Tasked with finding ways to monetize town assets that aren’t currently generating tax revenue, Foxborough’s Asset Review Committee has targeted five parcels to sell in auction.
Foxborough Board of Selectmen Clerk Lorraine Brue, who also serves on the Asset Review Committee, recently briefed the BOS on the following five parcels the town should consider selling to improve its revenue stream:
- The old fire station in the center of town: This property was appraised, without sewer, at $470,000 "a couple of years ago." Adding sewer to the property would increase its value for auction. Brue said the committee will reach out to the Historical Commission for input on what should replace the old firehouse. Many Foxborough Patch readers have said they would like to see a bakery or coffee house fill this space.
- Property on Garrett Spillane Road: Brought forward to the Asset Review Committee as a private request, according to Brue.
- Property on Pine Acres Road: Landlocked parcel requested for Asset Review Committee to take a look at, according to Brue.
- The former Keating Funeral Home property on Market Street: Brue said funding for a study of this property will be needed before selling. “We want to look at that since it was a funeral home to make sure there’s no problems with hazardous waste before we put that up for auction,” Brue said.
- The old Camp Lincoln Hill property on Oak Street: Click here to read more on the Oak Street property.
“We knew these assets could potentially generate additional tax revenues,” Brue said. “So in addition to getting the funds from the sale of the assets, the ongoing tax revenues going forward from the development of these properties could improve our revenue stream.”
Brue says an appraisal of these five parcels from a “couple of years ago” estimates a total value of $1.68 million – without sewer. The properties would be sold by an auctioneer recommended by the Asset Review Committee and ultimately selected by the Board of Selectmen.
“It was determined that all properties can be sold by auction, Brue said. “Fire station, Garrett Spillane Road, Market Street and Pine Acres Road. Really, the question is are the lots on Oak Street for sale.”
The issue with the Oak Street property, according to Brue, is two-fold.
A threatened species – white marbled salamander – was found in a vernal pool on the property during a site assessment, which has sparked debate at town hall on whether the property can be sold.
Foxborough Town Manager Kevin Paicos says Town Counsel Richard Gelerman is researching whether the property can be legally sold while the town’s Conservation Commission says there are laws in place that would prevent the sale of the property.
Conservation Commissioner Judy Johnson told the BOS the commission opposes the sale of the Oak Street property because it was purchased by the town with “the purpose of open space and recreation.”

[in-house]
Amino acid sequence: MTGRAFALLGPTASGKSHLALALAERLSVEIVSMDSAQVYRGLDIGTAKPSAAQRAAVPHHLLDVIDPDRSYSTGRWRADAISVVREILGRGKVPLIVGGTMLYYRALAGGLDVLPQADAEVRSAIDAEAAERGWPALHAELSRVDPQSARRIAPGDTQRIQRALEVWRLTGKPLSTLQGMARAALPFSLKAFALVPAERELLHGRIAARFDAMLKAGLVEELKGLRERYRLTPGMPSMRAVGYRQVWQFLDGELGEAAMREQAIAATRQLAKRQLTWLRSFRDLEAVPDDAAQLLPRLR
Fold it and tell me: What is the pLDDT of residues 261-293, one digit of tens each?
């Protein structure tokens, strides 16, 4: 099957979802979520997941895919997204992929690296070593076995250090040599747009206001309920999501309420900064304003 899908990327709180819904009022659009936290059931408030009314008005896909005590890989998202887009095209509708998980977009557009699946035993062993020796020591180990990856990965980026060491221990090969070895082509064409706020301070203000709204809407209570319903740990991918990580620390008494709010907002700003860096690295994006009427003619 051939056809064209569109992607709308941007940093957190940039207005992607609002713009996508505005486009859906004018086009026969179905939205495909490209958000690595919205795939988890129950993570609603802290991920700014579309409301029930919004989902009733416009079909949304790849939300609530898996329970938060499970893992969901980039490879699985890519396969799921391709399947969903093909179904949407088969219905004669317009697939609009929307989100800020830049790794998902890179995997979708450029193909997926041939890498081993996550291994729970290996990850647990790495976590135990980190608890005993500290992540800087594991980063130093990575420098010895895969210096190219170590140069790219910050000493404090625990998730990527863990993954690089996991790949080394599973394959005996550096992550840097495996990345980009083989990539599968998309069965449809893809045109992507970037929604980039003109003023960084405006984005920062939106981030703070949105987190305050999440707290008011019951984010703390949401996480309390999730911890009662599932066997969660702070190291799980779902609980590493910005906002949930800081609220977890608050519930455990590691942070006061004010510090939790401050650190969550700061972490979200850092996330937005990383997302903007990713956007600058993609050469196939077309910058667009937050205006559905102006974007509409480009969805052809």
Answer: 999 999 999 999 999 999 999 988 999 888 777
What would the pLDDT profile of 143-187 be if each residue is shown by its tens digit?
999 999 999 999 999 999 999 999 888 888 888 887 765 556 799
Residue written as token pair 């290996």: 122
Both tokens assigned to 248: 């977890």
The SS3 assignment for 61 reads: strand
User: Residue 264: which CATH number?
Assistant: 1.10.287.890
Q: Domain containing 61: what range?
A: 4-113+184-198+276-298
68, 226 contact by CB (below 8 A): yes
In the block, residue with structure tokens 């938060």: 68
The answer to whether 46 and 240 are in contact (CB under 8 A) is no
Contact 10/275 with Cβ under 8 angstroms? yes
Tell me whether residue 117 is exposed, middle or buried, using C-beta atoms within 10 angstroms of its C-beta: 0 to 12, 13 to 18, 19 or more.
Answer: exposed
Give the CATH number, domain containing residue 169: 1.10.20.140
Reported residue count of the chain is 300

“We feel as though Article 97, which protects open space, should apply to this property,” Johnson said. “As such, you would have to go through the process, which involves a majority vote from the Commission, 2/3 vote at Town Meeting to sell land, special act of legislation to be able to access the property and there’s a no net loss policy, meaning there would have to be other land to swap of equal value.”
Paicos disagreed, adding that he hopes to work out a compromise with ConCom that would allow the sale of the property.
As for the timing of the auction, Brue and Paicos told selectmen it would come after the completion of the Planning Board’s master plan.
“Planning Board is focusing its master plan on the downtown,” Paicos said. “That is its single highest priority. … “I think everybody feels that the right action is to wait until the master plan is done, which should be late spring/summer and see what [the Planning Board] recommends for the fire station and then be sure whatever sale we do is consistent with those goals. That plan represents what the community wants.”
Paicos says an auction is not likely to occur in the next three to four months, giving the town plenty of time to work with an auctioneer on the potential sale of these properties.
“Auctioneer prefers to have as many properties available at one auction,” Paicos said. “Not break it up into a bunch of auctions.”
Brue said the town and auctioneer would develop a marketing plan, notify abutters and ensure all legal matters are met so the town “has a good auction of these properties.”
Brue added the auction would include a buyer’s premium, which would result in no cost to the town.
“Premium covers all the town’s costs into this auction,” Brue said. “There is no cost impact to the town. That’s a percentage negotiated on top of the sale price of the asset.”
Special legislation and Town Meeting approval would ultimately be required for the sale of the Oak Street property as well as the former state hospital auditorium on Payson Road, which is currently zoned for recreational use by the state.
“Recreation property would likely be separate [auction],” Paicos said. “We need to see that done and see what people want done with those properties.”